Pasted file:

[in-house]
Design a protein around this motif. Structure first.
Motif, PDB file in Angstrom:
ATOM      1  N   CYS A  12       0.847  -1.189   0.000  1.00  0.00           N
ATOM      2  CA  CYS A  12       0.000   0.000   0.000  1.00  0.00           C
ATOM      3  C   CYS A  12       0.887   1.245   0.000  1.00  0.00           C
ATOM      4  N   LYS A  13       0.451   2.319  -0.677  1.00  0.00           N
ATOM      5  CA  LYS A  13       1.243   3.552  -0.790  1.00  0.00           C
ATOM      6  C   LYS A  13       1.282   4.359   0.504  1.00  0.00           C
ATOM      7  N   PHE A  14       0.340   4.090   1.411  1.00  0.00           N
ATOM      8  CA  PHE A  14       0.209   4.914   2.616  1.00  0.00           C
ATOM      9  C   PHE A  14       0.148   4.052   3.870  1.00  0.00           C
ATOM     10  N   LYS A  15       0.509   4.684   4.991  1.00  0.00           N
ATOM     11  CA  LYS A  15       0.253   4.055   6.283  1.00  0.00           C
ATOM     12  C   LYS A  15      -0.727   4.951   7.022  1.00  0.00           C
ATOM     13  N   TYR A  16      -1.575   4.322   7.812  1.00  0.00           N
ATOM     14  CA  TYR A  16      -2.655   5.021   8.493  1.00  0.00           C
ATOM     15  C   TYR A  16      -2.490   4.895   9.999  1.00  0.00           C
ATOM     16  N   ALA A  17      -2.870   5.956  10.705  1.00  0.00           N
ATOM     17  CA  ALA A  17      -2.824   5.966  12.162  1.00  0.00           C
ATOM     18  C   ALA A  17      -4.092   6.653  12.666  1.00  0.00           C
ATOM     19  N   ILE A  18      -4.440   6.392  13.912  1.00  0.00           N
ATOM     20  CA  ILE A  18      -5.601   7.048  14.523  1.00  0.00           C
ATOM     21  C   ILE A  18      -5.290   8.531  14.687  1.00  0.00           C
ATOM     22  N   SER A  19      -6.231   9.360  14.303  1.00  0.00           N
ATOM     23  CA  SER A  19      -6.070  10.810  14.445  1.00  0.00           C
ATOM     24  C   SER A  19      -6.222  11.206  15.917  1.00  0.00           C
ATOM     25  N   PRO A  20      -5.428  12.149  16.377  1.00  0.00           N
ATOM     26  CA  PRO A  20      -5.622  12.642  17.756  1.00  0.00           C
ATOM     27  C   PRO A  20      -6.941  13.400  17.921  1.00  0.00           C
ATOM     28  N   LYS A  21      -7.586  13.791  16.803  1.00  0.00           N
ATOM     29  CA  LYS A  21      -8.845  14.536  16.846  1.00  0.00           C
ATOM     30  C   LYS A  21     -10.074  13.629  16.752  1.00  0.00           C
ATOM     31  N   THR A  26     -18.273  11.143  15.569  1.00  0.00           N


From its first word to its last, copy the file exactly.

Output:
[in-house]
Design a protein around this motif. Structure first.
Motif, PDB file in Angstrom:
ATOM      1  N   CYS A  12       0.847  -1.189   0.000  1.00  0.00           N
ATOM      2  CA  CYS A  12       0.000   0.000   0.000  1.00  0.00           C
ATOM      3  C   CYS A  12       0.887   1.245   0.000  1.00  0.00           C
ATOM      4  N   LYS A  13       0.451   2.319  -0.677  1.00  0.00           N
ATOM      5  CA  LYS A  13       1.243   3.552  -0.790  1.00  0.00           C
ATOM      6  C   LYS A  13       1.282   4.359   0.504  1.00  0.00           C
ATOM      7  N   PHE A  14       0.340   4.090   1.411  1.00  0.00           N
ATOM      8  CA  PHE A  14       0.209   4.914   2.616  1.00  0.00           C
ATOM      9  C   PHE A  14       0.148   4.052   3.870  1.00  0.00           C
ATOM     10  N   LYS A  15       0.509   4.684   4.991  1.00  0.00           N
ATOM     11  CA  LYS A  15       0.253   4.055   6.283  1.00  0.00           C
ATOM     12  C   LYS A  15      -0.727   4.951   7.022  1.00  0.00           C
ATOM     13  N   TYR A  16      -1.575   4.322   7.812  1.00  0.00           N
ATOM     14  CA  TYR A  16      -2.655   5.021   8.493  1.00  0.00           C
ATOM     15  C   TYR A  16      -2.490   4.895   9.999  1.00  0.00           C
ATOM     16  N   ALA A  17      -2.870   5.956  10.705  1.00  0.00           N
ATOM     17  CA  ALA A  17      -2.824   5.966  12.162  1.00  0.00           C
ATOM     18  C   ALA A  17      -4.092   6.653  12.666  1.00  0.00           C
ATOM     19  N   ILE A  18      -4.440   6.392  13.912  1.00  0.00           N
ATOM     20  CA  ILE A  18      -5.601   7.048  14.523  1.00  0.00           C
ATOM     21  C   ILE A  18      -5.290   8.531  14.687  1.00  0.00           C
ATOM     22  N   SER A  19      -6.231   9.360  14.303  1.00  0.00           N
ATOM     23  CA  SER A  19      -6.070  10.810  14.445  1.00  0.00           C
ATOM     24  C   SER A  19      -6.222  11.206  15.917  1.00  0.00           C
ATOM     25  N   PRO A  20      -5.428  12.149  16.377  1.00  0.00           N
ATOM     26  CA  PRO A  20      -5.622  12.642  17.756  1.00  0.00           C
ATOM     27  C   PRO A  20      -6.941  13.400  17.921  1.00  0.00           C
ATOM     28  N   LYS A  21      -7.586  13.791  16.803  1.00  0.00           N
ATOM     29  CA  LYS A  21      -8.845  14.536  16.846  1.00  0.00           C
ATOM     30  C   LYS A  21     -10.074  13.629  16.752  1.00  0.00           C
ATOM     31  N   THR A  26     -18.273  11.143  15.569  1.00  0.00           N